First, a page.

Greater Hartford-area residents are invited to this free event on Saturday at 2 p.m. in the Center for Contemporary Culture at 500 Main Street. The discussion will center on loss and “the healing process, building community and broadening our understanding of the world in which we live.”

Johnson will use her book, A Certain October, as background material to help facilitate the discussion. The best-selling young adult novel is described as a”wrenching, honest book about surviving the unimaginable and finding a way to go on.”

Johnson has been writing for over twenty years with more than 40 picture books, novels and books of poetry to her credit. A threetime Coretta Scott King Award winner for Toning the Sweep in 1994, Heaven in 1999, and The First Part Last in 2004, she was also the runnerup twice, for When I Am Old with You in 1990 and The Other Side, Shorter Poems in 1998. In addition, she was awarded the Ezra Jack Keats New Writer Award for Tell Me a Story, Mama in 1991 and the Michael L. Printz Award from the American Library Association in 2004, recognizing The First Part Last as the year’s “best book written for teens, based entirely on its literary merit.” In 2003 Ms. Johnson received a McArthur Genius Grant.

This program will be streamed live the day and time of the event – for access, go to www.hplct.org.

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Same-Day Voter Registration Now Law, Available Today


HARTFORD —  Didn’t get a chance to register to vote? No problem.

You can still vote today. Thanks to a recent law, Public Act 12-56. The law allows any eligible voter in Connecticut who wishes to cast a ballot but has not yet registered with their towns for cities.

Eligible voters are  permitted to go to their Registrar of Voters office on Election Day, present the proper identifying documents, register to vote, and cast a ballot at their city or town hall, state officials said. Connecticut became the 11th state to enact Election Day voter registration in 2012 when Governor Malloy signed the bill on May 5, 2012.

Hartford-VotersGov. Dannel P. Malloy and Secretary of the State Denise Merrill on Tuesday are reminding all eligible Connecticut voters (any U.S. citizen residing in the state age 18 or older) not yet registered to vote that Election Day Registration takes effect for the first time for the municipal elections on Tuesday, Nov. 5.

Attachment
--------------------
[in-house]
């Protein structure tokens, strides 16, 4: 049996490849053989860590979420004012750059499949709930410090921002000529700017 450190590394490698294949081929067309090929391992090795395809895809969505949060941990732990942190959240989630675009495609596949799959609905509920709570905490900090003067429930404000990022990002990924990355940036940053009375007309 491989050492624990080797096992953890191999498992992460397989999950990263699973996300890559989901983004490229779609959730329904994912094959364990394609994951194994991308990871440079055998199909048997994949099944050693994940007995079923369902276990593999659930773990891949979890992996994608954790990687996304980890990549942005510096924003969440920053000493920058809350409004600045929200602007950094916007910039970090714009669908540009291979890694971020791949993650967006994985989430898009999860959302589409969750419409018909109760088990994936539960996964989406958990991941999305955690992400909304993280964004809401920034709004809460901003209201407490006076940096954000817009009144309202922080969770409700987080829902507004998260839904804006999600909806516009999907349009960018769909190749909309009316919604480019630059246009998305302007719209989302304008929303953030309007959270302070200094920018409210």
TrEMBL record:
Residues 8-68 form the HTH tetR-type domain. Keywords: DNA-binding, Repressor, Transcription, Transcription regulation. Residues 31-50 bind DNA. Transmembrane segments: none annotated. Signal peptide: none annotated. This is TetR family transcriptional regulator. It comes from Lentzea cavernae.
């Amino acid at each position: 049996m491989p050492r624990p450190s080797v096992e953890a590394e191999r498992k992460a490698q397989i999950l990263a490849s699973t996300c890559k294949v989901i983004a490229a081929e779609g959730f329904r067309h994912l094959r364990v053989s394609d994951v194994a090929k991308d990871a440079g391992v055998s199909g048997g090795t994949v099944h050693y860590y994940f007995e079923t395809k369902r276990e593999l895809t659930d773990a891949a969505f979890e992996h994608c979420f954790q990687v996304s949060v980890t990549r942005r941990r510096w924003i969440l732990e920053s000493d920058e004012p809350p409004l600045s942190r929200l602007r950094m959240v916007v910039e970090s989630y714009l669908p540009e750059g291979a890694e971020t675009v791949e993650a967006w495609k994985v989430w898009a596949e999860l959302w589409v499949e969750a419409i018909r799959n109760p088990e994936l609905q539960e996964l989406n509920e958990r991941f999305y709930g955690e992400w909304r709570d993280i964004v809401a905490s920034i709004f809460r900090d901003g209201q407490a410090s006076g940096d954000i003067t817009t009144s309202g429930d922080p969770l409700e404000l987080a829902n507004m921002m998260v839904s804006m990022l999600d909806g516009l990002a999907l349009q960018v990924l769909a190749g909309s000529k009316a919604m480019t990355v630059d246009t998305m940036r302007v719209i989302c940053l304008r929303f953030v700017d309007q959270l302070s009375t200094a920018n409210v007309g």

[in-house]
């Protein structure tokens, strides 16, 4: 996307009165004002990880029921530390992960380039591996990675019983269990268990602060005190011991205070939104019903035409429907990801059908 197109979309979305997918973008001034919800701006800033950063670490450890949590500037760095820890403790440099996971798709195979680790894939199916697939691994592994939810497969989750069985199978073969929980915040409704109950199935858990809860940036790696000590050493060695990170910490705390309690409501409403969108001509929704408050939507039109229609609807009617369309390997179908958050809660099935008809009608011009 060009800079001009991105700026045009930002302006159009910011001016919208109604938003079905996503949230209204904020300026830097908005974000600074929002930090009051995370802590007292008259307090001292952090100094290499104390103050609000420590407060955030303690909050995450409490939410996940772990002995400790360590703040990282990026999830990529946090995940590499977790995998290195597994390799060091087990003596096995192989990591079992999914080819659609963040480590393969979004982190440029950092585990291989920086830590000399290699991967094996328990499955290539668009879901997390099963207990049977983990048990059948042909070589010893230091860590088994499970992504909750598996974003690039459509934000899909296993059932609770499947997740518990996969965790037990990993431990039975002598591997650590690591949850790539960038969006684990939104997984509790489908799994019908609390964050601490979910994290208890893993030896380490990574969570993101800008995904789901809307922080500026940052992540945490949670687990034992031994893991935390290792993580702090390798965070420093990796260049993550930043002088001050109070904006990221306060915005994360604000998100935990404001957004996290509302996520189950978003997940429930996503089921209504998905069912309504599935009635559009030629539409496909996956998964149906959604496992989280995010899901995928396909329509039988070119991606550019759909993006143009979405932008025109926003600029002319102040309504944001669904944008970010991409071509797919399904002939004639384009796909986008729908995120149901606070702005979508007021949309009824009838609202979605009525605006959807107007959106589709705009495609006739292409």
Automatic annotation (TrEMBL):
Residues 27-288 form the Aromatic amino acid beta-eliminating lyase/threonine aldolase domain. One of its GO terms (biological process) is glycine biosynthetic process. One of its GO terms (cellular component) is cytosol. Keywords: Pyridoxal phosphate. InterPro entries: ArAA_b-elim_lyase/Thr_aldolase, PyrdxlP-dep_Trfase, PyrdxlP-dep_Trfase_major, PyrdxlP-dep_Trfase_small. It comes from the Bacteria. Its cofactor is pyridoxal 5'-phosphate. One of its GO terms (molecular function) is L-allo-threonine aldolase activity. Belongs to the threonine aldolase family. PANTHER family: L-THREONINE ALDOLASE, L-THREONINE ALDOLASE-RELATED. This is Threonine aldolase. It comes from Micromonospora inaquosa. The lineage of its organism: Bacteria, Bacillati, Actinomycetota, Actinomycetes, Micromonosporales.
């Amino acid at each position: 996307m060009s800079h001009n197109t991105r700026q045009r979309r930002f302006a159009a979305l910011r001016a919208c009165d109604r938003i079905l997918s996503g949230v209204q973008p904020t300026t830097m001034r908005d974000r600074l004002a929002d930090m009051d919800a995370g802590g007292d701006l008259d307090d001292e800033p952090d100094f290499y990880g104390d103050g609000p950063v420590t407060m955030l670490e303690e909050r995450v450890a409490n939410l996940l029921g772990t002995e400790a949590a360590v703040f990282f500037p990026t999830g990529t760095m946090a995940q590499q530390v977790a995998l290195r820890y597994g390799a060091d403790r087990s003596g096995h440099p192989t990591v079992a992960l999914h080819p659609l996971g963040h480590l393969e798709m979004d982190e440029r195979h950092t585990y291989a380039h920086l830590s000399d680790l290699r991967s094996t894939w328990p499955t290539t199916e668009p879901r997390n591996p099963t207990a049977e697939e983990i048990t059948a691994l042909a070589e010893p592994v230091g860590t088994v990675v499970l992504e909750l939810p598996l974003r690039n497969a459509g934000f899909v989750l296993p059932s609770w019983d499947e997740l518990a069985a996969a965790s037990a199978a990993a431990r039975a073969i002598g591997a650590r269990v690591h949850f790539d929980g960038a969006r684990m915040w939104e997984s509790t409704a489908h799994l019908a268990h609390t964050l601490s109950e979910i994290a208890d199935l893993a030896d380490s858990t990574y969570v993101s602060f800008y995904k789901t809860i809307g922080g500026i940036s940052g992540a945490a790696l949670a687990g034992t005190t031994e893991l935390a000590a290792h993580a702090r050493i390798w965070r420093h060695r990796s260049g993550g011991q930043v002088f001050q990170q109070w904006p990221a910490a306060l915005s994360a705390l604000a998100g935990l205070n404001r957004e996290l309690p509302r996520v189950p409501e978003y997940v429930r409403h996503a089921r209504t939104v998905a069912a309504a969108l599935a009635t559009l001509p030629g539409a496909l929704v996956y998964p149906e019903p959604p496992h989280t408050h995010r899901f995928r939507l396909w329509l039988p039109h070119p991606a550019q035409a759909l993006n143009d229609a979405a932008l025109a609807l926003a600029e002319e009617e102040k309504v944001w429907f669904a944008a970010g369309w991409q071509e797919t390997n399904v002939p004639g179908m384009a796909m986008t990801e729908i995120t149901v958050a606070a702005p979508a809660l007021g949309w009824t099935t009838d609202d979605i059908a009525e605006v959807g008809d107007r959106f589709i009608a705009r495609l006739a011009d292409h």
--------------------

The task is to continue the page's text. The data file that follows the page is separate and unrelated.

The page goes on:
“The right to vote and access to elections is a paramount right and responsibility of our democracy,” said Governor Malloy. “Same day voting helps to ensure that all citizens have a voice in their government.  I am proud of the work we’ve done in Connecticut to bring our electoral process into the 21st century by using technology to make voter registration more efficient and easier and not impede participation in our electoral process – while some states are moving in the opposite direction.”

” We want to give every eligible voter in Connecticut a real chance to make their voice heard on the crucial budget, educational, environmental and economic issues facing many towns in Connecticut this fall,” Malloy said.

Apparently, some states have had Election Day Registration in place for more than 40 years. Observers said that states that allow this practice see voter turnout percentages of up to 10 percentage points higher than states that do not.

The law enacting Election Day Registration permits anyone to register and vote in person on Election Day if he or she meets the eligibility requirements for voting in this state and is either:  (1) not already a registered voter or (2) is registered in one municipality but wants to change his or her registration because he or she currently resides in another municipality.  By law, a person is eligible to register and vote if he or she is (1) a U. S. citizen, (2) age 18 or older, and (3) a bona fide resident of the municipality in which he or she applies to register to vote.  Those wishing to register and vote on Election Day must appear in person at the designated location at town or city hall and declare under oath that they have not previously voted in the election. They must complete the application for voter registration and provide documents to prove their identity and residence.